I sit outside in the sunlight, watching how the cars of the shop get washed one by one by the young kid, watching how rivulets of water stagger their way over the pavement. I buy a banana in the gritty local supermarket run by two obese Indian men, and observe the activities at the garage next door, which exhibits the loose, careless Jozi style. I could dedicate half a page to the passer-bys: the African women with plastic shopping bags, the pair of stringy, Coloured men in their faded jeans, the clusters of white boys - one of them has the Playboy bunny logo shaved into his hair, something I think is quintessential nineties. Main Road, Sophiatown, forms a colourful display of the lower class of Johannesburg.

I make Mesu phone the owner again at quarter past eleven; he reports back that the owner is definitely on his way and should be here with 30 minutes. The only reason why I'm not walking out is because I want the car, but I'm getting rather aggravated. Quarter to twelve. Noon. Ten past, and I've had it. On the moment I call Mesu again out of the garage to let him make a final phone call, a luxurious BMW parks in front of the shop, and out step two men. Mr. Jiz does wear round glasses, is of a slender build, and at least he dresses punctually. Accompanying him is Zed, his youngest son, whose built and dress is the exact opposite of his father: unshaved, a barrel's chest and belly, draped in sloppy shirt and baggy pants. I do feel a certain charm for the bookish Mr. Jiz now I see him, particularly when compared to the greasiness of the previous car-sellers I've met, still, I'm ticked off and mistrustful after waiting so long. (What further appals me is how Mr. Jiz and his sons treat Mesu like a lower caste, the way they boss him around. This country is sometimes wrong in too many ways.)

In the office, Mr. Jiz apologizes profusely for his delays which I quickly wave away. Business ensues - but halfway, he suddenly looks up at me across his glasses and then confesses at point-blank range: "The truth is, sir, I haven't slept for the past two days." It so happens that the highest spiritual leader from India (or Pakistan?) is on a grand visit in South Africa, to extend his blessings for Ramadan to the Muslim communities. And Mr. Jiz, a devout Muslim, has the honour to host him - but this comes with the catch of taxiing him around and accompanying him at every visit, which can last easily until 4-5 o'clock in the morning. Which is exactly what has been happening for the past week. The leader, whose name I've forgotten, is supposed to leave tonight from OR Tambo airport. The picture on the wall in the office is his father.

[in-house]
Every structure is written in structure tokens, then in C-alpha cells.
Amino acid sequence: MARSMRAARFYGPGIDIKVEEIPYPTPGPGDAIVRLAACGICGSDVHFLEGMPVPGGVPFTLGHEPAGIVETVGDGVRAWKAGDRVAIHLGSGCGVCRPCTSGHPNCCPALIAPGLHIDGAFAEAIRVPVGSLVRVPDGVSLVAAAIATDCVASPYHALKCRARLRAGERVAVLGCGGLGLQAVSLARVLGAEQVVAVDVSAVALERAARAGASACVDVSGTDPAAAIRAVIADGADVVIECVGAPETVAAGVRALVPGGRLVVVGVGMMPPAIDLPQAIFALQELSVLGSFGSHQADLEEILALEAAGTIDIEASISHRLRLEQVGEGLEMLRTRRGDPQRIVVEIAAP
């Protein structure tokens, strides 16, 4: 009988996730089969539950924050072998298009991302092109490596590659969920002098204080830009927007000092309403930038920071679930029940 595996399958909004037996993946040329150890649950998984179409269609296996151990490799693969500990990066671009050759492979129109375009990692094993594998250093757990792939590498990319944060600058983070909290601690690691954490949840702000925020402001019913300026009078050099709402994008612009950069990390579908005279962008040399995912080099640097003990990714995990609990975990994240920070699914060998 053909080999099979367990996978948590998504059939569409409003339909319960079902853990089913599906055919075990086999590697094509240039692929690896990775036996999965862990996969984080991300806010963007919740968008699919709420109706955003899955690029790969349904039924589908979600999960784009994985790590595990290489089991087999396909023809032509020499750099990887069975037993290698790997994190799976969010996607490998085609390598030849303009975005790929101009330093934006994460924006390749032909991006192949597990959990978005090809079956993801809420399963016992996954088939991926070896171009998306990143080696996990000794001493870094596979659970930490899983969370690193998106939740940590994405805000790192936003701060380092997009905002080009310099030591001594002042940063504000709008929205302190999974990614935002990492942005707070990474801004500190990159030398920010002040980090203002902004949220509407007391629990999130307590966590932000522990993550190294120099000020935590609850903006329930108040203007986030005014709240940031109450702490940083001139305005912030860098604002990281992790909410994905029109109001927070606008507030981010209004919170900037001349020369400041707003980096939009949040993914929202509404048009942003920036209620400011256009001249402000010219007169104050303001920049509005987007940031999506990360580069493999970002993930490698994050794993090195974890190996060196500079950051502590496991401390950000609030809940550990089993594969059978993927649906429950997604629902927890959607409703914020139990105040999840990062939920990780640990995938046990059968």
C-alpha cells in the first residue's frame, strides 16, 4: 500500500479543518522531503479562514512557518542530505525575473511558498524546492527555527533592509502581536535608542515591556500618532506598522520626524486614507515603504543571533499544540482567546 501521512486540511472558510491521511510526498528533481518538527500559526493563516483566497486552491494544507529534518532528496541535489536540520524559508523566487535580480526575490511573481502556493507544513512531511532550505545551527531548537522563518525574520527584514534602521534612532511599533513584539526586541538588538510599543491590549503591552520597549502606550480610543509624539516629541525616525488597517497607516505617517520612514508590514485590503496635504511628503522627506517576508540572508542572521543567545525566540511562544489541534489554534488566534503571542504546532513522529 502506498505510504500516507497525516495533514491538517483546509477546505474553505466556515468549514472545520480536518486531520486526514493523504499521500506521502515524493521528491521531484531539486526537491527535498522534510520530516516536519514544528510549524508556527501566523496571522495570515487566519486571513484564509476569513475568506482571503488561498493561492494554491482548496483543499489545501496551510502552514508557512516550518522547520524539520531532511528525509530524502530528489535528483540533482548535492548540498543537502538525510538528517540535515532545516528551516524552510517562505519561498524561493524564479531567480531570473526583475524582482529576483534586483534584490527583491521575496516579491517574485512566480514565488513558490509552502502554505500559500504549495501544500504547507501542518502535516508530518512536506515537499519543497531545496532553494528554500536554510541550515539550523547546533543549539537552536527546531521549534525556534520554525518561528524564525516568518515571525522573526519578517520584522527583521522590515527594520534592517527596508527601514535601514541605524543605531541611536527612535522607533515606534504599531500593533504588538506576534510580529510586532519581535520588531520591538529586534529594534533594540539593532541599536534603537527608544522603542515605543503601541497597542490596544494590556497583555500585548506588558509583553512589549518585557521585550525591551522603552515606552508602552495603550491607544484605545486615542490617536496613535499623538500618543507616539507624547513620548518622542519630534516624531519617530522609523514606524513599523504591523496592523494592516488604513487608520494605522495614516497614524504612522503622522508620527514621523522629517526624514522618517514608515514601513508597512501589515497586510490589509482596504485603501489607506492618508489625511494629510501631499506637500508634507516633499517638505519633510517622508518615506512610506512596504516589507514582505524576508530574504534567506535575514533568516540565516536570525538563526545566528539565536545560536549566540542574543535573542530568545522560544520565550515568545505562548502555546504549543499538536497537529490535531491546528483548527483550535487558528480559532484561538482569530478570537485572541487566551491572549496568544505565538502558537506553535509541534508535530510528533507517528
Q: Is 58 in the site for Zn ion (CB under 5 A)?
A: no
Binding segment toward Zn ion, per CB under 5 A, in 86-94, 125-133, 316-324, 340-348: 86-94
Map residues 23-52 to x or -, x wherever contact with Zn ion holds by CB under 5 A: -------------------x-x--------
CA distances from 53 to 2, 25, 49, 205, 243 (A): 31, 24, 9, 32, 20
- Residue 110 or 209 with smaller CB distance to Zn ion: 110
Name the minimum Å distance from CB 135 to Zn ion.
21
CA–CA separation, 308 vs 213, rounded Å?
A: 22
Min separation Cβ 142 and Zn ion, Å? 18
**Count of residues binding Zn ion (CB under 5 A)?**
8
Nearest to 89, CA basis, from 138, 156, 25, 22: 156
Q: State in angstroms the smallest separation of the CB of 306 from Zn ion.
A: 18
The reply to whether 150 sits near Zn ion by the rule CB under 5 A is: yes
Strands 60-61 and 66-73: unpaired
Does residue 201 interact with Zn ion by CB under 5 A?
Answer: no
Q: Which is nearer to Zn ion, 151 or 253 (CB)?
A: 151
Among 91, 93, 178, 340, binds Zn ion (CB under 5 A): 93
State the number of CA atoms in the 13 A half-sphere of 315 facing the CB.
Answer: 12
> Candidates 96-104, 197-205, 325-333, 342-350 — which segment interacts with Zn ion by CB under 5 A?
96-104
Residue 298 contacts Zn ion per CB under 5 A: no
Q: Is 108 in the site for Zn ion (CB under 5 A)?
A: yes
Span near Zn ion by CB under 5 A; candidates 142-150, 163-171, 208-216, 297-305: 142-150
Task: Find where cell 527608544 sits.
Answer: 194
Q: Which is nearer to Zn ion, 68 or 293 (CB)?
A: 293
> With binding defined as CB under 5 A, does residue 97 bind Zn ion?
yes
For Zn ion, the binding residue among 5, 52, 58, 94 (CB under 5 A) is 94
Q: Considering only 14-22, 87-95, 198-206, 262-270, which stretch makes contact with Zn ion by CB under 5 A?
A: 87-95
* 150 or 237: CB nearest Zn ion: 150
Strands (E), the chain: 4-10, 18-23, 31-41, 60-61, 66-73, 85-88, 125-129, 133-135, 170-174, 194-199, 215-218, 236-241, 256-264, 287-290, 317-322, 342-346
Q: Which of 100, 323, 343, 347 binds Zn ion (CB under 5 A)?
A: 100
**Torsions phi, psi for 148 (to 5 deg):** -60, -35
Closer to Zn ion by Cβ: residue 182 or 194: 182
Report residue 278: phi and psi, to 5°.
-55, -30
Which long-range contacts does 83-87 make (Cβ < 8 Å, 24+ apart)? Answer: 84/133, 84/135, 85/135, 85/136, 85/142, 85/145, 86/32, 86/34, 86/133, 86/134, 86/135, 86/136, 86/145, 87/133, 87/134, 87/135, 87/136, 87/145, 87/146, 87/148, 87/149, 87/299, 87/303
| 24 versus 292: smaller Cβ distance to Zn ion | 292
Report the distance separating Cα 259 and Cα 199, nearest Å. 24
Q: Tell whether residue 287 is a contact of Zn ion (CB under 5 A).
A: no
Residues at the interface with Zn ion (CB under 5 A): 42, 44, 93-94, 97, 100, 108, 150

Every shrewd man with an eye for business would probably have been able to exploit the fatigue of Mr. Jiz - but of course I can't; I find his story an astounding piece of humanity. Besides, I'm the one who's new to this game, and Mr. Jiz introduces me courteously through the hoops of administration that are necessary to get the car registered on my name. I groan inwardly, as I already see my expenses quickly spiral up and mentally I prepare for another round of South Africa's relish for endless registration.

Before I take the car, I insist to get installed a gear-lock, security alarm and immobiliser - the anti-theft props people in Johannesburg get lived by and, what's more, without them I couldn't even get my car insured. For that to happen, Mr. Jiz drives me, in the Toyota, to the garage (of a friend of course) to get the instalments done. Again, we talk about Ramadan and the spiritual leader. Mr. Jiz: "If I had to choose between losing a customer or not being able to practice the duties of my faith, I regret to say, but I would rather lose the customer."

We pass through the colourful areas of Brixton and Mayfair - and I'm particularly baffled by Mayfair. Only a few hundred meters away from downtown Johannesburg and the flashiness of Newtown's Market Square, Mayfair is a vibrant Muslim community, the streets cluttered with tiny shops, and it's bustling with men and women in traditional Muslim dress. I find it hard to believe how I have missed knowing about Mayfair all this time. Zed, who has followed us in the BMW, seems to know half the people who pass by the garage, and tells me amiably I should come back to the main square on Friday afternoon - and cautions that I should not flirt with the women as the men are very protective. He tells from experience, he says. I just let it wash over me; I feel curiously out of touch with Johannesburg. With the arrangements ready, Mr. Jiz queries where I live and he's as baffled as most people that I frequently get around by taxi's. He and Zed drop me off at my own place - it's on the way back to the shop, but it's a nice gesture. I feel a lot more secure about my deal.